This research offers a systematic analysis of the physical features of residential Vernacular Architecture (VA) of Nafusa Mountain Region (NMR) in Libya, linking them to the governance system of heritage conservation in Libya and to the Responsible Institutions (RIs). Libya has experienced different historic stages, such as the Amazigh, Phoenicians, Greeks, Romans, Muslims, and Italian colonization. It is distinguished by a historic continuity, which has enriched its historic and architectural features. This study investigates and documents the main physical unique features of residential VA in NMR and related factors that influence Conservation Processes (CPs) within the current governance system delivered by the RIs. By clarifying the elements that make residential VA unique and by understanding current issues undermining its effective conservation, this study offers valuable and original insights for informing future conservation policies and for putting in place measures aimed at restoring, preserving, and maintaining this unique architectural and historical heritage. This research also produces new knowledge about VA of the NMR in Libya, a topic on which no studies have been available so far. By filling the gap in current knowledge, this study raises awareness about the value of the VA in the NMR and contributes to support the conservation of such a unique heritage. The research methodology for this study uses both qualitative and quantitative approaches (Mixed Methods). The researcher has selected and justified three examples of Vernacular Dwellings (VDs) in NMR and collected the data through observation, analysis of dwellings maps, photos, interviews and a questionnaire. Visual survey has been conducted by visiting relevant sites and systematically collecting visual evidence, such as photographic and technical survey including structures and technological spatial details. Spatial analysis methods have been adopted to uncover the rationale of the VA development and construction. Semi-structured interviews with relevant parties have been administered at senior, middle, and junior management level of the RIs and complemented with the review of archival documents and relevant government reports. Findings from the research outline the main challenges to VA in NMR that include a lack of appreciation and understanding of heritage among owners, scarcity of local materials and traditional building skills, lack of government support as well as insufficient documentation. All the findings were triangulated prior to the development of the initial recommendations and further decision-makers and expert validation was obtained to establish the final recommendations. Conclusions and recommendations on how to preserve residential VA in NMR context will assist policy makers in Libya, when setting strategic national plans for VA conservation, and will provide a useful point of reference for academics and researchers.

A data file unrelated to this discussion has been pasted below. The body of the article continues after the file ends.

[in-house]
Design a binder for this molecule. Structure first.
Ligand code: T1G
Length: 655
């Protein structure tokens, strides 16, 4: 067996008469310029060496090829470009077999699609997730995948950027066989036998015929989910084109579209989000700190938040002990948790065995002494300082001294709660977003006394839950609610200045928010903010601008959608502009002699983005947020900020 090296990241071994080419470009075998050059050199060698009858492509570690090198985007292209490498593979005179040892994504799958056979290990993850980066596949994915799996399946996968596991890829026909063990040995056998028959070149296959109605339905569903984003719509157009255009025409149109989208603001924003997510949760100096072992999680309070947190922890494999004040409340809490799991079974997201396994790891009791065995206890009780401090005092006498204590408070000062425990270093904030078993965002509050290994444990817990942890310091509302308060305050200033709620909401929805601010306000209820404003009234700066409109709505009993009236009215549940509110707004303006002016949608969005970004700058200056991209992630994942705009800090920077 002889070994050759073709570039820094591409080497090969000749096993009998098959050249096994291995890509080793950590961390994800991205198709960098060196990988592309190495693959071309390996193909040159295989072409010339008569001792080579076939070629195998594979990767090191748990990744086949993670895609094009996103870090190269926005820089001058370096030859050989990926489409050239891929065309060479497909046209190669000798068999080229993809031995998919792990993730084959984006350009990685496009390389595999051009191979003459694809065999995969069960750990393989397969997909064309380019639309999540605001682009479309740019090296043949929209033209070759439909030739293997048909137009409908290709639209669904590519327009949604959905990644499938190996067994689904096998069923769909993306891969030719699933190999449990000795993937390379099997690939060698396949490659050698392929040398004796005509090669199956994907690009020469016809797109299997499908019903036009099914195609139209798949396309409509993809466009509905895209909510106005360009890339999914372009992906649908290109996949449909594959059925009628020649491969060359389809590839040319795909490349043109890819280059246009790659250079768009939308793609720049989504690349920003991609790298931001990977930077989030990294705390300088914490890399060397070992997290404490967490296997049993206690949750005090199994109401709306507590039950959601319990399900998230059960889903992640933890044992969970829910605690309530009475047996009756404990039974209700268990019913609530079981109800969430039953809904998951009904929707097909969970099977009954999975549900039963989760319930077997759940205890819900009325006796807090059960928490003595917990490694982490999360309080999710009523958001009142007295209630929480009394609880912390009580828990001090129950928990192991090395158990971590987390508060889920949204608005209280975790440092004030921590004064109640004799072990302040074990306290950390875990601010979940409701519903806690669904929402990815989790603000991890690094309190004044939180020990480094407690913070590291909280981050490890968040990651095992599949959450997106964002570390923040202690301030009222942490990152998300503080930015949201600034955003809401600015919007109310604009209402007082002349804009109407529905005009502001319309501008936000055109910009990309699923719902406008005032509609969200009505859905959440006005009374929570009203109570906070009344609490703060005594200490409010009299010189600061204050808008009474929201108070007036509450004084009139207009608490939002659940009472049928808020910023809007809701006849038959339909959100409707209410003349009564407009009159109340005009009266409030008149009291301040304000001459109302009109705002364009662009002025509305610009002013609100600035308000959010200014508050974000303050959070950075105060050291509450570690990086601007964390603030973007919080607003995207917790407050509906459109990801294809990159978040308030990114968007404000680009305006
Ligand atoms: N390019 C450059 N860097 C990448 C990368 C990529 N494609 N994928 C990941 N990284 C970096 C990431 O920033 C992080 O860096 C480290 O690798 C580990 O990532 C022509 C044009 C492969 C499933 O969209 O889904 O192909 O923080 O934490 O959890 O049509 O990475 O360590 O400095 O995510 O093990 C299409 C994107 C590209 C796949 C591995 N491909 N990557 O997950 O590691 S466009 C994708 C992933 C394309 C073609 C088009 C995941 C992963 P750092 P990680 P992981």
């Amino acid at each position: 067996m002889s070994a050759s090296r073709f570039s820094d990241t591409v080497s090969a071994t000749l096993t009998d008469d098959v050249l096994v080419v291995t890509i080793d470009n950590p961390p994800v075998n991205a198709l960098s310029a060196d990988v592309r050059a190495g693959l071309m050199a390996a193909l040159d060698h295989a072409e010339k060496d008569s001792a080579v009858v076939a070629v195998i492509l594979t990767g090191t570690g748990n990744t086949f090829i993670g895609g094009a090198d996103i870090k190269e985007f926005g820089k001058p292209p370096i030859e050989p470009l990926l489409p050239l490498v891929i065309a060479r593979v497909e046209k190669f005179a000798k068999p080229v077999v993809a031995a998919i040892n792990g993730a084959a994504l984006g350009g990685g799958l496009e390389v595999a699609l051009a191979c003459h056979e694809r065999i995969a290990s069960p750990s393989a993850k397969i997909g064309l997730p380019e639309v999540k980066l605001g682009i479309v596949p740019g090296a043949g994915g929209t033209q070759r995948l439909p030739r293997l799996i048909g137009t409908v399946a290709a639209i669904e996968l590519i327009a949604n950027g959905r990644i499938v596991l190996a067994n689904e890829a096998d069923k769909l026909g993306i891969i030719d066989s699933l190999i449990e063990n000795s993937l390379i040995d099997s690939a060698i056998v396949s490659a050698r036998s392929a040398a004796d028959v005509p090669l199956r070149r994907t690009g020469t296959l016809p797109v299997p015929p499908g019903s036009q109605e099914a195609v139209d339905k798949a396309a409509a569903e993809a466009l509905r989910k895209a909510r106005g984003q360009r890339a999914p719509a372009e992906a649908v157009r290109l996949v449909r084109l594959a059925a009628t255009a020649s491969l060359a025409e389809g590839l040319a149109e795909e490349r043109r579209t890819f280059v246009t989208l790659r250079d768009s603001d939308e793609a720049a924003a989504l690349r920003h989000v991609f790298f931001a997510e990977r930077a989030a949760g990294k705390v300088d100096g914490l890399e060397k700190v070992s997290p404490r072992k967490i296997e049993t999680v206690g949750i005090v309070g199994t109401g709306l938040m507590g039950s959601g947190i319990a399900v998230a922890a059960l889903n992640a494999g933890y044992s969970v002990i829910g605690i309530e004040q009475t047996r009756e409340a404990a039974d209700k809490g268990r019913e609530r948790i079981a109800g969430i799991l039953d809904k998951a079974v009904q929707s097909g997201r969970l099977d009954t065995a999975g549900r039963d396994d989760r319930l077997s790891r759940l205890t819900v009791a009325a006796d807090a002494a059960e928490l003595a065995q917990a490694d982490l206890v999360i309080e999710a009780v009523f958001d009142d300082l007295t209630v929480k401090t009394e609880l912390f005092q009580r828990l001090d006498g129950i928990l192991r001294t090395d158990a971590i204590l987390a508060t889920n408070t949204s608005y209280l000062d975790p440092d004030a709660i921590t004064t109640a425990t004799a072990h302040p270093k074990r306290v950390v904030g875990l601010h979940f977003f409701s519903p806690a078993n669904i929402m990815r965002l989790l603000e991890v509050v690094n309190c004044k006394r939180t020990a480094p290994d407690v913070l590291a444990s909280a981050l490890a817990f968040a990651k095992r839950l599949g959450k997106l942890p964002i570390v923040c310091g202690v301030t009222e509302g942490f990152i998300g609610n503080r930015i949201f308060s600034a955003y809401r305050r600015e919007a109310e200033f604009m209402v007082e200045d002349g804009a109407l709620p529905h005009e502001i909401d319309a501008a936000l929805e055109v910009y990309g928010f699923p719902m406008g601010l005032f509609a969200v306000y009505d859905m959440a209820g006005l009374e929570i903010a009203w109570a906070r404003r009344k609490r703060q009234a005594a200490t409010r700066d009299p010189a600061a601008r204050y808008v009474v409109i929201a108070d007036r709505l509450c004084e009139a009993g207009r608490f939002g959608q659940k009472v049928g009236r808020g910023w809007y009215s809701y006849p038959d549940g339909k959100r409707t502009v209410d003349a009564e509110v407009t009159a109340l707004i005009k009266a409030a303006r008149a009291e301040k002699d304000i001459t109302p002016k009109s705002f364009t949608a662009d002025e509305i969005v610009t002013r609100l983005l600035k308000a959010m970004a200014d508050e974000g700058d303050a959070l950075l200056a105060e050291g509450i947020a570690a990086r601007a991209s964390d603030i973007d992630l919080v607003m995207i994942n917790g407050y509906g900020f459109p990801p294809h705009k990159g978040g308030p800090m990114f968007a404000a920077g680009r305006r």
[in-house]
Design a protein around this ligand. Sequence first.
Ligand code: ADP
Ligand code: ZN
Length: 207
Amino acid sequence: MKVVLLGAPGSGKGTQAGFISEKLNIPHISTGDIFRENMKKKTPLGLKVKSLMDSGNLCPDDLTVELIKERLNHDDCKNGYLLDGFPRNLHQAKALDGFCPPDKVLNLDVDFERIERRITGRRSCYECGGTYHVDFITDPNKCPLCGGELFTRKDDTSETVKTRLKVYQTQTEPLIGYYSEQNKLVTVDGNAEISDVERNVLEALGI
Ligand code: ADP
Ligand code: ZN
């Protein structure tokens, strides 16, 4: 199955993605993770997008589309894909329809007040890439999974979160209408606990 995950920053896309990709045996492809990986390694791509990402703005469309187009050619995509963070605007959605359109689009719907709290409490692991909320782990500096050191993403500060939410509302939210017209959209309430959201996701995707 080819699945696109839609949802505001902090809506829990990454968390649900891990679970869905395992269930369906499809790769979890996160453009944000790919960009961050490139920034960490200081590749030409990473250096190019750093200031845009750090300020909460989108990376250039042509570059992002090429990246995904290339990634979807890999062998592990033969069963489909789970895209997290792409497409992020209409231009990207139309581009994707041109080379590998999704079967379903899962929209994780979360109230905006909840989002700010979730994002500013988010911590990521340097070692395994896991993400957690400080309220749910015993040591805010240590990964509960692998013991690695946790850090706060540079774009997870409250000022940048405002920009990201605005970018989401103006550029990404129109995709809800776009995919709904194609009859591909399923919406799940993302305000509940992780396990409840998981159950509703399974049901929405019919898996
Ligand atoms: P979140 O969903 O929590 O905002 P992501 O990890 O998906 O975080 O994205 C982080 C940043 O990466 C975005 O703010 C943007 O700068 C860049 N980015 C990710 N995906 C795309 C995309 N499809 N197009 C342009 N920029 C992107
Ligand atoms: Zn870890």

El Taraboulsi, Sherine Nabil. 2020. State building and state-society relations in Libya (1911-1969): An examination of associations, trade unions and religious actors. Ph.D. dissertation, University of Oxford, https://www.proquest.com/dissertations-theses/state-building-society-relations-libya-1911-1969/docview/2467517897/se-2